Oil prices fell further on Wednesday in line with shares amid tensions over the eurozone's political and economic problems, although bargain-hunting provided support, analysts said.
Crude futures also faced downside pressure following indications by the world's key oil producers that they may boost output to bring prices down to sustainable levels.
New York's main contract, West Texas Intermediate (WTI) crude for delivery in June, dropped 51 cents to $96.50 a barrel, two days after hitting a near-five month low at $95.34.
Brent North Sea crude for June shed 63 cents to $112.10 a barrel in London midday deals, one day after striking a four-month low at $110.53.
"Oil prices are holding relatively steady as we are seeing a fair bit of investor bargain-hunting in the crude market," said Victor Shum, an analyst at Purvin and Gertz international energy consultants.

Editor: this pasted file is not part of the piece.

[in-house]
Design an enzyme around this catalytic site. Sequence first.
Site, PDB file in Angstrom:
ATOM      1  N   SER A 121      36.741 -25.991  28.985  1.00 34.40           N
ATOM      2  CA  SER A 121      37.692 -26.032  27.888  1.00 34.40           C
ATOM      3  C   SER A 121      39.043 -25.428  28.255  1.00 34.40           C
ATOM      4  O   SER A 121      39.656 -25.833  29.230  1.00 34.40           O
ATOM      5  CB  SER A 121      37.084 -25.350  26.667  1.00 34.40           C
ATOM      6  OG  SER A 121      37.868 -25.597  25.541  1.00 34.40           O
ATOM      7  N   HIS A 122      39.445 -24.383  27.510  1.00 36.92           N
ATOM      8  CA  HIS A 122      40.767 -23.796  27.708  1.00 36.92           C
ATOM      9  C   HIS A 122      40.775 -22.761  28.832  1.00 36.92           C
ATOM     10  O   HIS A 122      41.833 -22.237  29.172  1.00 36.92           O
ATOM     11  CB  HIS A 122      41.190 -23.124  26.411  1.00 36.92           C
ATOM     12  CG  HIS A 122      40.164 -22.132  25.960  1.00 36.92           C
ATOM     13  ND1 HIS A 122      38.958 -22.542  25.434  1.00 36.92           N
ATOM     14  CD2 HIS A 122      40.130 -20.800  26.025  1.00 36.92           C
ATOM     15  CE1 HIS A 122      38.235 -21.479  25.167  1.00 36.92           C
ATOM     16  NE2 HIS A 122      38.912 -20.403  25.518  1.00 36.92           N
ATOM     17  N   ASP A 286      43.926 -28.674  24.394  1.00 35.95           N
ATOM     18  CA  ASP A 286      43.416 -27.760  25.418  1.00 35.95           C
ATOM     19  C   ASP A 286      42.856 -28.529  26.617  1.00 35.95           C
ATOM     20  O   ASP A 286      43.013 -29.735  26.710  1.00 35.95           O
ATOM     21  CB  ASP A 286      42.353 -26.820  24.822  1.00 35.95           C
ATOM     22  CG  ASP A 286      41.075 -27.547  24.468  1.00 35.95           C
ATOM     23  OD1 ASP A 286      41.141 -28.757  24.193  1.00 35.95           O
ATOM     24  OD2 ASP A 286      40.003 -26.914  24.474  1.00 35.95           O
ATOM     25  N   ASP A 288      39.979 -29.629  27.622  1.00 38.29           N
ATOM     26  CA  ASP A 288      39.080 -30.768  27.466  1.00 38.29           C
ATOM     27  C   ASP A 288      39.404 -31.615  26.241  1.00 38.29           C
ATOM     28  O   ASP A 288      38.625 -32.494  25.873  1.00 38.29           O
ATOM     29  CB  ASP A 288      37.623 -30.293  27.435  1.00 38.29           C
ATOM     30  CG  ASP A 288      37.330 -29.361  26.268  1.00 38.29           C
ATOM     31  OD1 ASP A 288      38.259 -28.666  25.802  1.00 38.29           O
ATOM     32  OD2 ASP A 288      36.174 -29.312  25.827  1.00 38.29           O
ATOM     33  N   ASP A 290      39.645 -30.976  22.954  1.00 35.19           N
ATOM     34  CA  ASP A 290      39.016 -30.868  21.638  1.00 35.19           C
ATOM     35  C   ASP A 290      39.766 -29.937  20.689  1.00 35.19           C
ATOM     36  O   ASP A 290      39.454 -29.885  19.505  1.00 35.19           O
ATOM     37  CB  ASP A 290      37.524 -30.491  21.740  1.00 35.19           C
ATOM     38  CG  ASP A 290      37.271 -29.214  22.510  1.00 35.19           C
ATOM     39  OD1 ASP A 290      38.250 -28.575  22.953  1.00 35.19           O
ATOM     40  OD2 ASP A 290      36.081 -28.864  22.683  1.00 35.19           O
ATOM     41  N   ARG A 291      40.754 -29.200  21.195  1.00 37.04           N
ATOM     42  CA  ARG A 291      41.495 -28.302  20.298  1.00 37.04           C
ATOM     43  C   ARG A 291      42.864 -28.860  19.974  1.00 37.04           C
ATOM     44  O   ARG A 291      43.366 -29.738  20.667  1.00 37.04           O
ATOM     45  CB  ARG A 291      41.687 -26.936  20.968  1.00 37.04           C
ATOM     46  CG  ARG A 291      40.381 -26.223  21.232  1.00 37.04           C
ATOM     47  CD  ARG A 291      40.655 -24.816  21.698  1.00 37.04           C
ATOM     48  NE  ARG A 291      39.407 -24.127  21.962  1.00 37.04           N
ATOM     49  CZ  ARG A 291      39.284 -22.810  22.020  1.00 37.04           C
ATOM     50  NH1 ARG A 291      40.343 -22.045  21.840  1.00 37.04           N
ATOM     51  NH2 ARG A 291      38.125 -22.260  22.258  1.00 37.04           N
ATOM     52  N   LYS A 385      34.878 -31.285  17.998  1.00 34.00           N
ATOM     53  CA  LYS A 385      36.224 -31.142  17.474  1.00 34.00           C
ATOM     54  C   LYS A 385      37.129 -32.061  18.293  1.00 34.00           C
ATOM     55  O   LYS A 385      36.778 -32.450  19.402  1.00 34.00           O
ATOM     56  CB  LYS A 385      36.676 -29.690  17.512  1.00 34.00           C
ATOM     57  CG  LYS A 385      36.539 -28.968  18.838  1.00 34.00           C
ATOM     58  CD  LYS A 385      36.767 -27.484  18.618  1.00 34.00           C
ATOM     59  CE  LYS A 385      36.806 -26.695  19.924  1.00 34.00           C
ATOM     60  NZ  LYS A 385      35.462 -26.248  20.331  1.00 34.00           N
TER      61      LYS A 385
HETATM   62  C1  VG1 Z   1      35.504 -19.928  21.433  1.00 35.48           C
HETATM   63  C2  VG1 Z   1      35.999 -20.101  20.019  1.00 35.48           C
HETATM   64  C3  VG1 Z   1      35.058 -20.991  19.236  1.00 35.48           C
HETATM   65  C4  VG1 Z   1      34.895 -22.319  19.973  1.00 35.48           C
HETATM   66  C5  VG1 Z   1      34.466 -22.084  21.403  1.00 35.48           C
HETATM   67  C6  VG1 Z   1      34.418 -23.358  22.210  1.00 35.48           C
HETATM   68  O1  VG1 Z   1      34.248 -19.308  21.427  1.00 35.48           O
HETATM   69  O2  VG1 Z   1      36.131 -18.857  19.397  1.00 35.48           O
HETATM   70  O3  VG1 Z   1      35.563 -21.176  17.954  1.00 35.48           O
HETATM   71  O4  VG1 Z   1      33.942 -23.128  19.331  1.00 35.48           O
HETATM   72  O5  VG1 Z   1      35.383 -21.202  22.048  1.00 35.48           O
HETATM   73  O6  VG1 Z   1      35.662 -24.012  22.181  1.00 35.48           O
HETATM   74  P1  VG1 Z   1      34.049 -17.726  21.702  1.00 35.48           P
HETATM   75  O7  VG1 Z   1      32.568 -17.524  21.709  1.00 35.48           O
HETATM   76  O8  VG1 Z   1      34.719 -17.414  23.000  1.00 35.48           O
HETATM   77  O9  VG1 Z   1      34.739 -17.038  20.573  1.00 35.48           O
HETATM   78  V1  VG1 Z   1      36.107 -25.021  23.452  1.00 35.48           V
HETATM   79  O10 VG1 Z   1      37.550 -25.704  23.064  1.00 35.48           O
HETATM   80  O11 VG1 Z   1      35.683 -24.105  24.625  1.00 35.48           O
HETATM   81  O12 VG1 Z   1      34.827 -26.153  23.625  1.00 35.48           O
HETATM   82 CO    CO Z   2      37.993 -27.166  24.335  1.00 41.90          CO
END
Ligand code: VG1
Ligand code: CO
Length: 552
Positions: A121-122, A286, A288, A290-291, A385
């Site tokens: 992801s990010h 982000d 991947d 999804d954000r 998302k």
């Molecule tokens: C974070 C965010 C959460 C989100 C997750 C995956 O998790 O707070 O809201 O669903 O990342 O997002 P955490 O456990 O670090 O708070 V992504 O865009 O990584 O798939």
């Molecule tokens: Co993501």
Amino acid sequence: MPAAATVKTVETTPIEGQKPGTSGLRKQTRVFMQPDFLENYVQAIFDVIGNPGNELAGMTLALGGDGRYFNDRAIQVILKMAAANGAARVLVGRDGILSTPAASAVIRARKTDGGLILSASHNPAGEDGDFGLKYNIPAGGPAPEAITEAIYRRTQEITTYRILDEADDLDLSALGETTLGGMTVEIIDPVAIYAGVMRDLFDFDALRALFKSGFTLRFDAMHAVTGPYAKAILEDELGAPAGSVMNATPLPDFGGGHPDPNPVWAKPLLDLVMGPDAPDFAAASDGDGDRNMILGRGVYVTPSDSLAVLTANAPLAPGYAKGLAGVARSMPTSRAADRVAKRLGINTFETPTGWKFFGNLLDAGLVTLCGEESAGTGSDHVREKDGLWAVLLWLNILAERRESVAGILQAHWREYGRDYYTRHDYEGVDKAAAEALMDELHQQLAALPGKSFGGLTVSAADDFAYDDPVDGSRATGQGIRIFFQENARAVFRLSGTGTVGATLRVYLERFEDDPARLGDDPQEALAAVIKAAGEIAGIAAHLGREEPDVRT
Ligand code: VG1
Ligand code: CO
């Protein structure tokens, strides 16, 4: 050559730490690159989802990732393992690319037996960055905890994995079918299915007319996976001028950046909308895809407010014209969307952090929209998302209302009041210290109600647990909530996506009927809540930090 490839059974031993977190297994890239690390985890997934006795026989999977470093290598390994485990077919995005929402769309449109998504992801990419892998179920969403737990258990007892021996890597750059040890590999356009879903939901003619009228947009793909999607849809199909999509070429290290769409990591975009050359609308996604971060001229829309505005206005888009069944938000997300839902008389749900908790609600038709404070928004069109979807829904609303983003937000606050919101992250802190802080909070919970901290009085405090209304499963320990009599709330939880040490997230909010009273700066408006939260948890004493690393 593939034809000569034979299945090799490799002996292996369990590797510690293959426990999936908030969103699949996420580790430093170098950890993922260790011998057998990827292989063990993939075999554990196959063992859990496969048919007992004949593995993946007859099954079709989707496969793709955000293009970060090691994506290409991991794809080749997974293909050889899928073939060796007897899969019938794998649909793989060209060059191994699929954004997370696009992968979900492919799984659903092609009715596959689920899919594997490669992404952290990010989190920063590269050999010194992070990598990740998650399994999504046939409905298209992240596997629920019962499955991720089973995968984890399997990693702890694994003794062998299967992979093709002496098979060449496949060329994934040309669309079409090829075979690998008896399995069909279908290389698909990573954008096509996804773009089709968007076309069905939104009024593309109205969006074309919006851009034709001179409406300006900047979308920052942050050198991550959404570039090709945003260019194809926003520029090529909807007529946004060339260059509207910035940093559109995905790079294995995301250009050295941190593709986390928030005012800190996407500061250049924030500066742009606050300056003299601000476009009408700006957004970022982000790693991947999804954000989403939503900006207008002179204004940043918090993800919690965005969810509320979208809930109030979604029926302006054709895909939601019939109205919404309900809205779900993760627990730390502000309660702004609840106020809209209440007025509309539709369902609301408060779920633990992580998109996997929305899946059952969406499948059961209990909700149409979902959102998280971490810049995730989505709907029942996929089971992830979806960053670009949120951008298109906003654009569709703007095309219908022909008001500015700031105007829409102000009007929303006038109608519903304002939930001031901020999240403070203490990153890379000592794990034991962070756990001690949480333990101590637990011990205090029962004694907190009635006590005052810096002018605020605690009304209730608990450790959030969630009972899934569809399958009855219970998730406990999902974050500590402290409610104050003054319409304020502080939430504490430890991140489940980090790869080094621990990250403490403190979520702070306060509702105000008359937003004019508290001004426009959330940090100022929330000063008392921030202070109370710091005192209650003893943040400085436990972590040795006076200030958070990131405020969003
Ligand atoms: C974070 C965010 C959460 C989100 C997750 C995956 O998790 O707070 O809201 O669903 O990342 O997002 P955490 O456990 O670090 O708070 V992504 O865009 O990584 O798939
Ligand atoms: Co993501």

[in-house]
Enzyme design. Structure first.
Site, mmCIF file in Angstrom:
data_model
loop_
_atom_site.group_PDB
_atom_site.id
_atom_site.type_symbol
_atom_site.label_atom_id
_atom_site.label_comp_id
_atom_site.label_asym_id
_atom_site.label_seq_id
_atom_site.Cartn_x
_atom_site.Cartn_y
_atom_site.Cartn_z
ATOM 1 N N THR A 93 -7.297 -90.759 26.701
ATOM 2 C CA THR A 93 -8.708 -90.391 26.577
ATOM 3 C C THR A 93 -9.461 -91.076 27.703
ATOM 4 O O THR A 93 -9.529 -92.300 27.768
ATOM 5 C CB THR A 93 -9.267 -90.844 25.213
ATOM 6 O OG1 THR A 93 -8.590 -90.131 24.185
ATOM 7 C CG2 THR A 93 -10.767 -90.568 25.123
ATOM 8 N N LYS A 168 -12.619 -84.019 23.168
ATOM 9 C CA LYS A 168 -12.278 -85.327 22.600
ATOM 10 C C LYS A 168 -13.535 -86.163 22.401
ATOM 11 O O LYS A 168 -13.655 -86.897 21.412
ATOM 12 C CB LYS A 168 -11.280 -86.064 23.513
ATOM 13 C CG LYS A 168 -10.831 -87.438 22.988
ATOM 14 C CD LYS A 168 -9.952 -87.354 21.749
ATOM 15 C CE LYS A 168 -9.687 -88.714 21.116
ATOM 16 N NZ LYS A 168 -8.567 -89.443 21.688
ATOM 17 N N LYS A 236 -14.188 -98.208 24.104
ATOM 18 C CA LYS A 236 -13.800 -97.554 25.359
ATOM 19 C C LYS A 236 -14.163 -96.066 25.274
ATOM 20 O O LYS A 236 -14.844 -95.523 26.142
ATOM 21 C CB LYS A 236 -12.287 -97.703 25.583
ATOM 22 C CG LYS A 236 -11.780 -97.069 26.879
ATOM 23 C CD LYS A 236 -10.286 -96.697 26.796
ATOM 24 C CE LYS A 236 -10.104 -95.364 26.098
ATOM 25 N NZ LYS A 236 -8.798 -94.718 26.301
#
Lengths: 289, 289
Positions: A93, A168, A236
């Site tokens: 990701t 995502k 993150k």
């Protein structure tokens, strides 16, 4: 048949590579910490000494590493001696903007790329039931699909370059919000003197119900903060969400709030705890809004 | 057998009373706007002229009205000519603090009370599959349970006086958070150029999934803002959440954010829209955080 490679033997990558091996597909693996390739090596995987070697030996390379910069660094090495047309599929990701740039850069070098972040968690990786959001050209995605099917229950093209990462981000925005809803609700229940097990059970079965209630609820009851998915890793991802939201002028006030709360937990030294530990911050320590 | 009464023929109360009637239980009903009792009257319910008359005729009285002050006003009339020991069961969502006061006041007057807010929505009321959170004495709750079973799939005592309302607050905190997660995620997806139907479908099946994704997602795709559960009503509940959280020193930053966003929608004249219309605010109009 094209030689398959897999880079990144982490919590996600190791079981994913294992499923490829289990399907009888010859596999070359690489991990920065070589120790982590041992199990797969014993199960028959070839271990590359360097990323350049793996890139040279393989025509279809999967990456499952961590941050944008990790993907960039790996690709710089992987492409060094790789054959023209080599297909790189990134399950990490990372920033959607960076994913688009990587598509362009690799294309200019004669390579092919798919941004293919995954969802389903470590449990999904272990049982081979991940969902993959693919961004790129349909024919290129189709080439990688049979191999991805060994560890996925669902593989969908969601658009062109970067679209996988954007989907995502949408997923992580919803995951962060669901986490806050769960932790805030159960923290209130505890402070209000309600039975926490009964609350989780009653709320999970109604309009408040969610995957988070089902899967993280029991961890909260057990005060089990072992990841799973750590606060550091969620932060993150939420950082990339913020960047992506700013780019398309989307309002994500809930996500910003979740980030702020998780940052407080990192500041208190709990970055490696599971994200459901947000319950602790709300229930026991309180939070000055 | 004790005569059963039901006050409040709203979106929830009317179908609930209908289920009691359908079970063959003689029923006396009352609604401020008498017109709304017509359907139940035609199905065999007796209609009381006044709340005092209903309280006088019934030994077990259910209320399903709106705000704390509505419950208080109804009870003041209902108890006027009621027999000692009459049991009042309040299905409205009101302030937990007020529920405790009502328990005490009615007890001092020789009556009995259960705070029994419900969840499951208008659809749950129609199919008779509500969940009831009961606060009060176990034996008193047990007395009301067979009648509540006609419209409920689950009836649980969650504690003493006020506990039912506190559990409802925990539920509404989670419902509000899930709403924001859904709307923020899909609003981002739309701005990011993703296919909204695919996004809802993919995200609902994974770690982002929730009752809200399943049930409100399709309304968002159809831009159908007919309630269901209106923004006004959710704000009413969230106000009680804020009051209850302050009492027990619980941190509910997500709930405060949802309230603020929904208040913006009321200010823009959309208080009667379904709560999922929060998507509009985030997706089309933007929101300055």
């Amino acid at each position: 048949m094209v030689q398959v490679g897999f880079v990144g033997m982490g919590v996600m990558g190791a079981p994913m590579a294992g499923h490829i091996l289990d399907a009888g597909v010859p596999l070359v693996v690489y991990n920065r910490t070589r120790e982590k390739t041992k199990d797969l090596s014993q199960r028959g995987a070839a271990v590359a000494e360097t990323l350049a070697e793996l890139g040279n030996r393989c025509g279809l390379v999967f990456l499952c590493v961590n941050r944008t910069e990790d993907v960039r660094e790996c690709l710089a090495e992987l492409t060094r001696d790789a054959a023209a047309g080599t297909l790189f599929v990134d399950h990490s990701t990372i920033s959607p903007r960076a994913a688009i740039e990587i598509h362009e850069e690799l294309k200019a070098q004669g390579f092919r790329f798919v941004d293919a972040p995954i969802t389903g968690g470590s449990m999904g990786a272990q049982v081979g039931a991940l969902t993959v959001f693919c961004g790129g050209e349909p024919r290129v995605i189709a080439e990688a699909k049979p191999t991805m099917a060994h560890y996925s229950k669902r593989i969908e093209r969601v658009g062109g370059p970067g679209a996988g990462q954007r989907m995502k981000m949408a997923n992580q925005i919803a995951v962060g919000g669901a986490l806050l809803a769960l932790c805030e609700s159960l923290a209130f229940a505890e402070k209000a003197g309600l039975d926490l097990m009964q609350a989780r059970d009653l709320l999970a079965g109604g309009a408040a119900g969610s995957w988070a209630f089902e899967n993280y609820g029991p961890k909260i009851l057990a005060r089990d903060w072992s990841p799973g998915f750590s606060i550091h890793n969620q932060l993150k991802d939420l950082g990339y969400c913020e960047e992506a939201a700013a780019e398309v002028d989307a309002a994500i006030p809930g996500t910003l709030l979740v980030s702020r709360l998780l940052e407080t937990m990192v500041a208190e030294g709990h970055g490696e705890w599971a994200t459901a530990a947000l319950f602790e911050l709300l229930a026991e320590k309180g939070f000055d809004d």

"But there remains considerable uncertainty about the eurozone's debt problems and politics," added the Singapore-based expert.
Investor concerns about the repercussions of weekend elections in Greece were heightened after the head of the country's left-wing Syriza party said his cabinet would reject all austerity measures imposed under an EU-IMF loan deal, if he forms a new government.
The events in Greece and France -- where Socialist Francois Hollande won Sunday's presidential election -- have stoked anxiety about the eurozone's tough fiscal pact adopted in March to deal with a crippling debt crisis.
Investors were also watching the working relationship between the newly elected Hollande andChancellor Angela Merkel, the leader of Europe's economic powerhouse Germany.
Merkel and outgoing French leader Nicolas Sarkozy played crucial roles in dealing with the eurozone crisis.
"While Mr Hollande's victory in the French presidential elections was in line with expectations, his relationship with Germany's chancellor remains untested," Barclays Bank said in a report.
Crude was also under pressure from indications that Saudi Arabia, the world's top oil producer, could increase its output as it fears that if they remain unsustainably high demand -- and prices -- will fall.